Possible other derogations were requested for a series of applications6, and SEAC supported the addition of derogations for semiconductor photolithography processes, photographic coatings applied to films, papers or printing plates, implantable medical devices, the use of substances as transported isolated intermediates (to allow the production of C6-based alternatives), and the placing on the market of spare parts.

                          Regarding in particular fluoropolymers, the objective of the proposal is to restrict the placing on the market, import, and use of fluoropolymers manufactured with PFOA, while allowing the use of the same fluoropolymers when they are not manufactured with PFOA. The fluorine chemical industry requested an exemption for “fluoropolymers manufactured without PFOA” and proposed a certification scheme to guarantee that they use such fluoropolymers all along the supply chain. However, SEAC did not agree to derogate fluoropolymers manufactured without PFOA and considered that, with the concentration limits suggested by RAC, such derogation should be not necessary.

                          Regarding firefighting foams already placed on the market, SEAC proposed to derogate them before the entry into force of the restriction, because replacement of all foams containing PFOA or PFOA-related substances will incur high costs over a relatively short period. Significant and defined volume of firefighting foams is kept stored on industrial sites to supply mandatorily required fixed installed fire protection systems or as an emergency stock in moveable large volume containments (trailers, skids, etc.). SEAC proposed to derogate in these applications future mixtures of restricted new foams with existing foams (exempted from the proposal) for 20 years, the normal lifetime for firefighting foams.

                          However, it is unsure that fluorine-free foams can be used in all situations and are compatible with all practice and strategies to combat fires across all firefighting services in the EU. SEAC proposed to adopt the higher concentration limit of 1 000 ppb per substance for both PFOA or for each PFOA-related substance when used in firefighting foam concentrates and to reconsider this concentration limit with an aim to lower it in the proposed review of the restriction 5 years after entry into force.

                          Regarding textiles used for worker’s protection, given the critical human health / life protecting functions of the C8 chemicals and the cost and effectiveness of substitution by C6 chemicals, SEAC proposed an extended transitional period of 6 years after entry into force for textiles for the protection of workers from risks to their health and safety.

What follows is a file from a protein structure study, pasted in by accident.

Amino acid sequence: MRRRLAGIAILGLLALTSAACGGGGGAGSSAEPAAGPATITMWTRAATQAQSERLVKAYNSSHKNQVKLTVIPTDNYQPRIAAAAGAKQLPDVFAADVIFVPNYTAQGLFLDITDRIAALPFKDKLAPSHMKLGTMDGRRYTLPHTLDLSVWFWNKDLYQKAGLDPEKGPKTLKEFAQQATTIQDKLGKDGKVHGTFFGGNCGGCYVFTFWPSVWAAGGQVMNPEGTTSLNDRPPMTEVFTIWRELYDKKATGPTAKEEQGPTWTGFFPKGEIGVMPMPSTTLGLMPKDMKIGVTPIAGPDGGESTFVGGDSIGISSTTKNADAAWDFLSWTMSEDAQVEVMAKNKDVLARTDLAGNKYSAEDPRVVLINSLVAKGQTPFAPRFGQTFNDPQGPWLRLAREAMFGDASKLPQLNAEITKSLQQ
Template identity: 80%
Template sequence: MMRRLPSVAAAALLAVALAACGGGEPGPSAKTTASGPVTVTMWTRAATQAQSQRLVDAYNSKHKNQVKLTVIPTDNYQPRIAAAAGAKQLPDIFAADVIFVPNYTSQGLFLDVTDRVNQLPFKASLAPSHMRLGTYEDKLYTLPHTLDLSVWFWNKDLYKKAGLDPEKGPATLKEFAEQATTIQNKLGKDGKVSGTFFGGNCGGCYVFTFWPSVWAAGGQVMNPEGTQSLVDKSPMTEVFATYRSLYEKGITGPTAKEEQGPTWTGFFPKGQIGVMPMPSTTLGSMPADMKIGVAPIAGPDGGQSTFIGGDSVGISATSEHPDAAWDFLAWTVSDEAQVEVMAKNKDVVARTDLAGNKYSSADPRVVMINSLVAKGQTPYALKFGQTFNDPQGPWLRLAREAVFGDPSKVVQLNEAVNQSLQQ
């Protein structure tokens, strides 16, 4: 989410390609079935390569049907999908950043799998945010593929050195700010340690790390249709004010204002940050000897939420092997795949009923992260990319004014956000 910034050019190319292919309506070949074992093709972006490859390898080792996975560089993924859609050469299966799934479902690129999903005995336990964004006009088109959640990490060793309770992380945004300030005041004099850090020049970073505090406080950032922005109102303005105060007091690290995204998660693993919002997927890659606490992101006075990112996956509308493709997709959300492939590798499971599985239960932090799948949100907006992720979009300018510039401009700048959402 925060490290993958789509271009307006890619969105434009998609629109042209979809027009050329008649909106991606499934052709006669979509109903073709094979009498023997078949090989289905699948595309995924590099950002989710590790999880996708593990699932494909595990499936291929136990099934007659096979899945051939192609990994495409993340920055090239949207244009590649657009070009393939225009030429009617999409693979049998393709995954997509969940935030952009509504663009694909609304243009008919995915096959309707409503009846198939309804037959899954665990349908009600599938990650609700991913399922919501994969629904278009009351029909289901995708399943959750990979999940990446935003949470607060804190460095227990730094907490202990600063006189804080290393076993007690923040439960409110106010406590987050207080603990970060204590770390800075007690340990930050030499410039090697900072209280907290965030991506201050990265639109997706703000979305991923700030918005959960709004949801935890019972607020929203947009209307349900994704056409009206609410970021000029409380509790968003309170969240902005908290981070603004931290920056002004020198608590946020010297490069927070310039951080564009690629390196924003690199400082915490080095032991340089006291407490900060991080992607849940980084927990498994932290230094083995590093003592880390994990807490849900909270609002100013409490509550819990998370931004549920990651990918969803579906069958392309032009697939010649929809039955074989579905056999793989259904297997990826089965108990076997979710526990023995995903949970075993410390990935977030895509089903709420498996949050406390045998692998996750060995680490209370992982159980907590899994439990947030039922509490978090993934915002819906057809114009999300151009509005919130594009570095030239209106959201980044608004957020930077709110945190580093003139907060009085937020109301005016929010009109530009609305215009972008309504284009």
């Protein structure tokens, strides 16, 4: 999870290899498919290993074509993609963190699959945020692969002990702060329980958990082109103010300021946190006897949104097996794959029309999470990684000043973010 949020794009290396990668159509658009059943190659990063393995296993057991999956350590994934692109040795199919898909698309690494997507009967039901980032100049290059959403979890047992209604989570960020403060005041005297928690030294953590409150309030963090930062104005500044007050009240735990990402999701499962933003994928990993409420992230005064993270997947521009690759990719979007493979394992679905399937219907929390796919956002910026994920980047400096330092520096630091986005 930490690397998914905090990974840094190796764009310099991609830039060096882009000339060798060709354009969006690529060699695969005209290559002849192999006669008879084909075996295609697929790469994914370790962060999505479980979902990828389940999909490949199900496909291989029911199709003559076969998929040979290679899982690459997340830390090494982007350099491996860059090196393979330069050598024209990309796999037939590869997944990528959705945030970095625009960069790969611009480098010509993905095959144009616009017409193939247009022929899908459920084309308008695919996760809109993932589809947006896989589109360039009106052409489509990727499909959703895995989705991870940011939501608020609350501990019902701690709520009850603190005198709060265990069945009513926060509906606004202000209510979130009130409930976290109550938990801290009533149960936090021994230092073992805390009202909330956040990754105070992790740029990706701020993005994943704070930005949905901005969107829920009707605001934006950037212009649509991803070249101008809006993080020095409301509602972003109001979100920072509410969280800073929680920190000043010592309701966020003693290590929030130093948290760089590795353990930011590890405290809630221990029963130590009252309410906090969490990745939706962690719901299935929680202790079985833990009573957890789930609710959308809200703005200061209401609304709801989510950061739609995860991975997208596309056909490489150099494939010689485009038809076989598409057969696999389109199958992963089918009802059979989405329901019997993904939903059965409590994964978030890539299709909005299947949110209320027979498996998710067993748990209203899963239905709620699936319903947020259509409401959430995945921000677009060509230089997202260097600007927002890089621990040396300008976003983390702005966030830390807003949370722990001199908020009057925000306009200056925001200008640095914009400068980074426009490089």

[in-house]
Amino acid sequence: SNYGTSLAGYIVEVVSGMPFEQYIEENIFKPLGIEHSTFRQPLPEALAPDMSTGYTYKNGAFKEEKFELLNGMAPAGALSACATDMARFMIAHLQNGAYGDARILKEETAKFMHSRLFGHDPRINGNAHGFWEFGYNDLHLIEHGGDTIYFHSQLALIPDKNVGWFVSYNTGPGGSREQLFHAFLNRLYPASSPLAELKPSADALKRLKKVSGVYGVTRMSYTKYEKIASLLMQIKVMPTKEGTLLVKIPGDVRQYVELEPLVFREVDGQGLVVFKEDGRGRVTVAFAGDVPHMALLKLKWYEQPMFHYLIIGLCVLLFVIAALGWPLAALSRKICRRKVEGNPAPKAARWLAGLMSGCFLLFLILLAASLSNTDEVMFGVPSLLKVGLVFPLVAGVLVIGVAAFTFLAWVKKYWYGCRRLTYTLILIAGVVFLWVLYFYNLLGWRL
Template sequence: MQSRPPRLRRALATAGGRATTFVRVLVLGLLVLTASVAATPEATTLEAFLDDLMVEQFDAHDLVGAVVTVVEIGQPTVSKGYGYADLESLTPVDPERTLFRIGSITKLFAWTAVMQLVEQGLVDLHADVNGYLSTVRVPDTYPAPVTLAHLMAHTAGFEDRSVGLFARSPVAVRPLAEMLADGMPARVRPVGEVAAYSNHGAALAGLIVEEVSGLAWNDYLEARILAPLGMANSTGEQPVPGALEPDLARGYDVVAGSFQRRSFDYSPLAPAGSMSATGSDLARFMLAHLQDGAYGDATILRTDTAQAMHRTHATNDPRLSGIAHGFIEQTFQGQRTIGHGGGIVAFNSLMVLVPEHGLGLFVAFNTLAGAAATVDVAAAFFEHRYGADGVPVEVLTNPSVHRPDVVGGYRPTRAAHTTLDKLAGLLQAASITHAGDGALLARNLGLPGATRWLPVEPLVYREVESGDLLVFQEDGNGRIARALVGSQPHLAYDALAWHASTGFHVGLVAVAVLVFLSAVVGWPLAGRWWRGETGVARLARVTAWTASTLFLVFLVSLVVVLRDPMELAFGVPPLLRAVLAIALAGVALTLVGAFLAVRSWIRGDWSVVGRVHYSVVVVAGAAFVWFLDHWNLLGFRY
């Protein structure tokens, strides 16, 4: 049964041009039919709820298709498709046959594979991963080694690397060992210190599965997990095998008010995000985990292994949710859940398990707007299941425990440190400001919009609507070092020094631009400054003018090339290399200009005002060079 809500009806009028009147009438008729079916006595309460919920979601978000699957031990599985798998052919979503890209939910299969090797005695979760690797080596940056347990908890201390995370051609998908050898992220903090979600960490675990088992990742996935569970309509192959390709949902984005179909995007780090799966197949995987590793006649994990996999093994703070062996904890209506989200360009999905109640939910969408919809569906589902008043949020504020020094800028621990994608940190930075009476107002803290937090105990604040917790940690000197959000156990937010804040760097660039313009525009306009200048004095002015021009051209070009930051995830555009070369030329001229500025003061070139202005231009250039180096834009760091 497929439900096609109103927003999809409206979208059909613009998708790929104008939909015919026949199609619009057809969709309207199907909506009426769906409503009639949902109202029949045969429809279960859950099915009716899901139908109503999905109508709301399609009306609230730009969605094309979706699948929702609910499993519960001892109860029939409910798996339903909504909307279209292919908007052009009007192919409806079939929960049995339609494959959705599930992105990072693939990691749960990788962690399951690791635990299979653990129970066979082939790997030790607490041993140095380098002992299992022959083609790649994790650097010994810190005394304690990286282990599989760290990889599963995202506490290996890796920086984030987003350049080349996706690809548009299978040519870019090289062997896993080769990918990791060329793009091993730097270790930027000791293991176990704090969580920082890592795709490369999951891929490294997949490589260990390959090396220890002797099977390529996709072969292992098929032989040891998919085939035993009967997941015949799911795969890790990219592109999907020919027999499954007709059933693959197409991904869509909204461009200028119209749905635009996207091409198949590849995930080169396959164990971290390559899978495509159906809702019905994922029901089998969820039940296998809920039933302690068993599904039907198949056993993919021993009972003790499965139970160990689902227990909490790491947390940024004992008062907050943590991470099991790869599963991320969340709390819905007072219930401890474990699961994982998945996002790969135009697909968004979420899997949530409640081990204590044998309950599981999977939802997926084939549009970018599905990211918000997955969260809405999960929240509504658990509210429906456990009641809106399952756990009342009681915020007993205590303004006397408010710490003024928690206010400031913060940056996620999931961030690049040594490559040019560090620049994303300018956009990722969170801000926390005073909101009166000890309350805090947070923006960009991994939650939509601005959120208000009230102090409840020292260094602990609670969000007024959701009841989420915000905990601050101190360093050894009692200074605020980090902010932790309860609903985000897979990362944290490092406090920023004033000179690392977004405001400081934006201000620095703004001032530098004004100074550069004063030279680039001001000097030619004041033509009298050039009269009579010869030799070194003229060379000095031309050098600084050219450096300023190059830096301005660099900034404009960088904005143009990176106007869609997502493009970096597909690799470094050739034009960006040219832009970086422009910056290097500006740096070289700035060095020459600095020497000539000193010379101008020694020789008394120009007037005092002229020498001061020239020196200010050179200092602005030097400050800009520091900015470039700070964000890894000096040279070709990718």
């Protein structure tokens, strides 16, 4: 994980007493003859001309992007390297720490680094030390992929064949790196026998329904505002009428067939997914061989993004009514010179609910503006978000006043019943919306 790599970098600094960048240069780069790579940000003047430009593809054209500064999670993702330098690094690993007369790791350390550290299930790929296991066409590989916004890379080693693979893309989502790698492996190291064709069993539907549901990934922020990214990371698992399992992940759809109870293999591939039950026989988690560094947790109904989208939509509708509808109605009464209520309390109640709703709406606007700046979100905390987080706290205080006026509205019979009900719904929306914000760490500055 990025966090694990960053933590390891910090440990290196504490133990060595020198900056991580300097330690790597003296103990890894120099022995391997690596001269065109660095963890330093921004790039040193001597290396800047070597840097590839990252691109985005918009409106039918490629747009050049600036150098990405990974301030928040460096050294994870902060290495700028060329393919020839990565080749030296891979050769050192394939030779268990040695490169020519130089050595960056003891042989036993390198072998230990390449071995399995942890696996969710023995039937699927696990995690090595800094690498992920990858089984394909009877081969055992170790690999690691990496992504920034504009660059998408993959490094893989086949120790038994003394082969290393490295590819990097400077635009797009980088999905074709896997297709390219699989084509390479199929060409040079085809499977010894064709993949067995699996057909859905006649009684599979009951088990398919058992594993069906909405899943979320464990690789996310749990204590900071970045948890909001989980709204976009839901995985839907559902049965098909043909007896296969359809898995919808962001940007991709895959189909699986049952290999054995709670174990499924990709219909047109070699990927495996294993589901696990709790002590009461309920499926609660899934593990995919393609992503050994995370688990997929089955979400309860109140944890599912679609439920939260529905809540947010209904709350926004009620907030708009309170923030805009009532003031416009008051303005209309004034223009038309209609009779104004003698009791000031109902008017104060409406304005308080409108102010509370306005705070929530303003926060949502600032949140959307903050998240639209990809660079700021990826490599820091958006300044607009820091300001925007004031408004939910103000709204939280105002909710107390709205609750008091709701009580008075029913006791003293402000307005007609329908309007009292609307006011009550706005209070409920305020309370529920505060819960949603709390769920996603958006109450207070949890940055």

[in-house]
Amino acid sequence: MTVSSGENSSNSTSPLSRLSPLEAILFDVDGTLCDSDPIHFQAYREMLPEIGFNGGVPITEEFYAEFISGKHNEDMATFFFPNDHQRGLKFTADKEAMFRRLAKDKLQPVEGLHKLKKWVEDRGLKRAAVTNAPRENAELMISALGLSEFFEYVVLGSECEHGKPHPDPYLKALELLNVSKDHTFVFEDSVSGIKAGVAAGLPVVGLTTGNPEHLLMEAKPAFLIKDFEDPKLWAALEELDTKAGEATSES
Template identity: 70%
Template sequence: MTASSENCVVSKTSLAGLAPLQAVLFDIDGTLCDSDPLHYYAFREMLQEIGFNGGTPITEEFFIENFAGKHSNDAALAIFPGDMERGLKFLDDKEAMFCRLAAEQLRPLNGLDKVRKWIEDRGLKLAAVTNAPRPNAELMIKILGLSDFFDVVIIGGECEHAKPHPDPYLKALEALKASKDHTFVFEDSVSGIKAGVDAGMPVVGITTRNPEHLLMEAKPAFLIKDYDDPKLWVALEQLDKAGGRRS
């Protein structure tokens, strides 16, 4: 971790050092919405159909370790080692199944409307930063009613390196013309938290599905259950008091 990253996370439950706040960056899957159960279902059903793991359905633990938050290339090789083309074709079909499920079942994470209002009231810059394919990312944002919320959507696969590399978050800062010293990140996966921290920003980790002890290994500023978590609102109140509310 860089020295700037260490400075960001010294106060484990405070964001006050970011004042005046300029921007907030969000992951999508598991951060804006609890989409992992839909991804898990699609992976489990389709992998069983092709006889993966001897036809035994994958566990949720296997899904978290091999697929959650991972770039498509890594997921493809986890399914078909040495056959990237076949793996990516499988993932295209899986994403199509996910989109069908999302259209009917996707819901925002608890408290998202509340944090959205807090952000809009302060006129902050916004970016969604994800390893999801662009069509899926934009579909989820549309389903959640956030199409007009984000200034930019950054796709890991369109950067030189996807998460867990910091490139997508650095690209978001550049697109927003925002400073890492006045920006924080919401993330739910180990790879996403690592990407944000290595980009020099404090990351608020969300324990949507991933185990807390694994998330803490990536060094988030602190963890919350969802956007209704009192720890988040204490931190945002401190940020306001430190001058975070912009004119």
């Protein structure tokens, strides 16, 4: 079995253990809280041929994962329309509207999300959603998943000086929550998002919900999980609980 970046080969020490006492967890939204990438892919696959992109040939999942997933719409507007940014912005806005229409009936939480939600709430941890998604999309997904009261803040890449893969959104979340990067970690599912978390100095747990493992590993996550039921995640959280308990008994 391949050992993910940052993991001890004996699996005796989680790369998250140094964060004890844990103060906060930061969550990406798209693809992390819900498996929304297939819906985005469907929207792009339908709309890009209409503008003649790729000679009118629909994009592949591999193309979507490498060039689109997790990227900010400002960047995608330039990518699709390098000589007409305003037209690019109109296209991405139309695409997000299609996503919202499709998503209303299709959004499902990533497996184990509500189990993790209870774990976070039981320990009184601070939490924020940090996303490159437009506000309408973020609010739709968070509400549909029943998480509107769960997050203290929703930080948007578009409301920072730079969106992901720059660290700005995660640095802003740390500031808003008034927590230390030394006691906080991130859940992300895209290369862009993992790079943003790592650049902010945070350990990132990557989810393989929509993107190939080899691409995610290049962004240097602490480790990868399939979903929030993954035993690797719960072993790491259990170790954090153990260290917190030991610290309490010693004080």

For medical textiles, SEAC supported in particular an extended transitional period of 6 years for membranes intended for medical textiles, filtration in water treatment, production processes, and effluent treatment, and to reconsider this in light of technological development in the context of the review after 5 years of the entry into force with an aim to lower it in the future.

                          For implantable medical devices, photographic and semi-conductor (photoresist or photolithography) applications RAC can support derogations based on seemingly negligible emission potentials from these uses.

                          6 Those requests included Nano-coatings, Spare parts for automobiles, aviation, telecommunication, semiconductors, ICT industry, Cookware, Electrical monitoring and control instruments used in industries, Lithium ion battery technologies, Photolithography and etching processes in the semi-conductor industries, Photographic coatings applied to films, papers, or printing plates, Textiles and clothing products, Medical devices, Latex printing inks, Paper industry (papers other than those coated with photographic film), Exported articles, Second hand articles and recycled materials.

                          What would be the delay for the application of the EU Regulation?

                            The regulation should be applied 18 months after entry into force. By way of derogations some elements of this regulation shall not apply to Perfluorooctane sulfonic acid and its derivatives (PFOS) which are already covered by the Regulation (EC) No 850/2004.

                            SEAC proposed a longer transition of 36 months that would have the following merits:

                            • Allow diffusion of information in numerous and complex (often at global scale) supply chains, making the restriction more effective when the transitional period ends;
                            • Allow more time for R&D, as this seems to be needed for some stakeholders;
                            • Allow progress in various monitoring related challenges (definition of reference chemicals, standardisation of analytical methods, definition and standardisation of extraction methods and associated reference matrices);
                            • Avoid potential need for sector specific time-limited derogations (e.g. nano-coatings and paper), and therefore simplify the scope and improve enforceability.